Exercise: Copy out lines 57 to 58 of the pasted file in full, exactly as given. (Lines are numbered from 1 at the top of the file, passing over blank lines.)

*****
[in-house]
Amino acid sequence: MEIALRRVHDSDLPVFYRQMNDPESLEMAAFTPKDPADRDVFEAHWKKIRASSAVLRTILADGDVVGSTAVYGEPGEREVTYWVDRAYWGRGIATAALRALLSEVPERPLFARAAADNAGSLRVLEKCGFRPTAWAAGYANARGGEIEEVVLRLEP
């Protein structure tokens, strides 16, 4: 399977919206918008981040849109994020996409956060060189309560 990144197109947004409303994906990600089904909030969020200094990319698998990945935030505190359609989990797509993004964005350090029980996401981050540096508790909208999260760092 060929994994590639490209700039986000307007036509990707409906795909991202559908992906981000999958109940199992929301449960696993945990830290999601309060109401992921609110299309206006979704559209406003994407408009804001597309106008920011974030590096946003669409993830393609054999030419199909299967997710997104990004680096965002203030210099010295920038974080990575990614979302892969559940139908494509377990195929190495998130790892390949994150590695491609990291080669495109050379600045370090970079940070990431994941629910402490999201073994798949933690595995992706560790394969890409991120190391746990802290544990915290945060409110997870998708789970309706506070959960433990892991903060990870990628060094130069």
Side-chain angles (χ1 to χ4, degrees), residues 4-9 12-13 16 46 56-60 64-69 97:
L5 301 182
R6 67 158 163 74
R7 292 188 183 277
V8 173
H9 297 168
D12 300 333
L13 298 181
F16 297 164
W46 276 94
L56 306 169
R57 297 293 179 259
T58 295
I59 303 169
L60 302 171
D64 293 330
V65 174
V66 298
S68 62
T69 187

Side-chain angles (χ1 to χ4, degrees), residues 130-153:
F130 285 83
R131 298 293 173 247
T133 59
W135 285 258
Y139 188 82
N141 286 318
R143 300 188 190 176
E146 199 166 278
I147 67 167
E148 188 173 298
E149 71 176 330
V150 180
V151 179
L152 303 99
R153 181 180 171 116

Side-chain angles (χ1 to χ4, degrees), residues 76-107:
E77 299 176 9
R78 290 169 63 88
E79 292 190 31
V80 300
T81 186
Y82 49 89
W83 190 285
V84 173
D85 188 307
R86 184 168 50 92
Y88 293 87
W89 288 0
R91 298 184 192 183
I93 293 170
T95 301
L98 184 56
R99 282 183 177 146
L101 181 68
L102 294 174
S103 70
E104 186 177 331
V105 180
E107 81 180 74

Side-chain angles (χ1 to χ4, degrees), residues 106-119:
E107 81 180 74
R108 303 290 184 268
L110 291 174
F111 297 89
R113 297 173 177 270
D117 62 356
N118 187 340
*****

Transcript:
R99 282 183 177 146
L101 181 68